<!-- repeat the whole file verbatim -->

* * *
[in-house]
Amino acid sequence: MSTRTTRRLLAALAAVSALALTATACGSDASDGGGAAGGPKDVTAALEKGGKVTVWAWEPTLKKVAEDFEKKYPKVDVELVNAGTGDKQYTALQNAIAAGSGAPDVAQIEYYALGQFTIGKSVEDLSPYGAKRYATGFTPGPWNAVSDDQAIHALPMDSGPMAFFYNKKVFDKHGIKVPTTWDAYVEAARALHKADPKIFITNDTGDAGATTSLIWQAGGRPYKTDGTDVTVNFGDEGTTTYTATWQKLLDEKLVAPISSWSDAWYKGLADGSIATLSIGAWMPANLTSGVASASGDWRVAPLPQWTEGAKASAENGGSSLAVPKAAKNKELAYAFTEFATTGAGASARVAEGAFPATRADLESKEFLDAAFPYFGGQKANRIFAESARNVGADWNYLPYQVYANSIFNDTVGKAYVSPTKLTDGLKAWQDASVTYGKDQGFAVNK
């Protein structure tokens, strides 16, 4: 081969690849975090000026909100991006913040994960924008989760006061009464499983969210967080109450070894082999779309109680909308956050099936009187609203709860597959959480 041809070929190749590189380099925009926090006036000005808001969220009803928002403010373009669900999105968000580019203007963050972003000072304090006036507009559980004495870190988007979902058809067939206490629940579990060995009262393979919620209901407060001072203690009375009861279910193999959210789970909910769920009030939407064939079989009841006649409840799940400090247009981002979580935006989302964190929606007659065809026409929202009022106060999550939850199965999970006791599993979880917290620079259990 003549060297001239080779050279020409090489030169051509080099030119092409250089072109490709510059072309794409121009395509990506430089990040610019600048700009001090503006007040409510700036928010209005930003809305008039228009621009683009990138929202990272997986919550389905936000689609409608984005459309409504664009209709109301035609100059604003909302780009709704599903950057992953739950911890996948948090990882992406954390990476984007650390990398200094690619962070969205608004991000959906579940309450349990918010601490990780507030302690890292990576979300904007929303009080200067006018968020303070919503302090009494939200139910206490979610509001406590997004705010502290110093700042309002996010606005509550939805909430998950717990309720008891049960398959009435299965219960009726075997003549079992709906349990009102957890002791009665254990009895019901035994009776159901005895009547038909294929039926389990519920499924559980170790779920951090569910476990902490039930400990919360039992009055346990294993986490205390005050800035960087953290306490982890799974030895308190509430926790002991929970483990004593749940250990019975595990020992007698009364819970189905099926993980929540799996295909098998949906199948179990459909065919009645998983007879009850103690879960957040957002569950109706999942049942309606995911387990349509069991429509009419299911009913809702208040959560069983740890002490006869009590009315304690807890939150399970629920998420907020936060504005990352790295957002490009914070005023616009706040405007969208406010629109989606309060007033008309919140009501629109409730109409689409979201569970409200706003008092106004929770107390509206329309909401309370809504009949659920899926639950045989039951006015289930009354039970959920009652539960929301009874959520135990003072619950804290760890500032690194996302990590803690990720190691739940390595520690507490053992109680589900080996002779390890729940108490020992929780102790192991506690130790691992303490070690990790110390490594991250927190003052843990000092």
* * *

[in-house]
Amino acid sequence: MSTRTTRRLLAALAAVSALALTATACGSDASDGGGAAGGPKDVTAALEKGGKVTVWAWEPTLKKVAEDFEKKYPKVDVELVNAGTGDKQYTALQNAIAAGSGAPDVAQIEYYALGQFTIGKSVEDLSPYGAKRYATGFTPGPWNAVSDDQAIHALPMDSGPMAFFYNKKVFDKHGIKVPTTWDAYVEAARALHKADPKIFITNDTGDAGATTSLIWQAGGRPYKTDGTDVTVNFGDEGTTTYTATWQKLLDEKLVAPISSWSDAWYKGLADGSIATLSIGAWMPANLTSGVASASGDWRVAPLPQWTEGAKASAENGGSSLAVPKAAKNKELAYAFTEFATTGAGASARVAEGAFPATRADLESKEFLDAAFPYFGGQKANRIFAESARNVGADWNYLPYQVYANSIFNDTVGKAYVSPTKLTDGLKAWQDASVTYGKDQGFAVNK
């Protein structure tokens, strides 16, 4: 081969690849975090000026909100991006913040994960924008989760006061009464499983969210967080109450070894082999779309109680909308956050099936009187609203709860597959959480 041809070929190749590189380099925009926090006036000005808001969220009803928002403010373009669900999105968000580019203007963050972003000072304090006036507009559980004495870190988007979902058809067939206490629940579990060995009262393979919620209901407060001072203690009375009861279910193999959210789970909910769920009030939407064939079989009841006649409840799940400090247009981002979580935006989302964190929606007659065809026409929202009022106060999550939850199965999970006791599993979880917290620079259990 003549060297001239080779050279020409090489030169051509080099030119092409250089072109490709510059072309794409121009395509990506430089990040610019600048700009001090503006007040409510700036928010209005930003809305008039228009621009683009990138929202990272997986919550389905936000689609409608984005459309409504664009209709109301035609100059604003909302780009709704599903950057992953739950911890996948948090990882992406954390990476984007650390990398200094690619962070969205608004991000959906579940309450349990918010601490990780507030302690890292990576979300904007929303009080200067006018968020303070919503302090009494939200139910206490979610509001406590997004705010502290110093700042309002996010606005509550939805909430998950717990309720008891049960398959009435299965219960009726075997003549079992709906349990009102957890002791009665254990009895019901035994009776159901005895009547038909294929039926389990519920499924559980170790779920951090569910476990902490039930400990919360039992009055346990294993986490205390005050800035960087953290306490982890799974030895308190509430926790002991929970483990004593749940250990019975595990020992007698009364819970189905099926993980929540799996295909098998949906199948179990459909065919009645998983007879009850103690879960957040957002569950109706999942049942309606995911387990349509069991429509009419299911009913809702208040959560069983740890002490006869009590009315304690807890939150399970629920998420907020936060504005990352790295957002490009914070005023616009706040405007969208406010629109989606309060007033008309919140009501629109409730109409689409979201569970409200706003008092106004929770107390509206329309909401309370809504009949659920899926639950045989039951006015289930009354039970959920009652539960929301009874959520135990003072619950804290760890500032690194996302990590803690990720190691739940390595520690507490053992109680589900080996002779390890729940108490020992929780102790192991506690130790691992303490070690990790110390490594991250927190003052843990000092």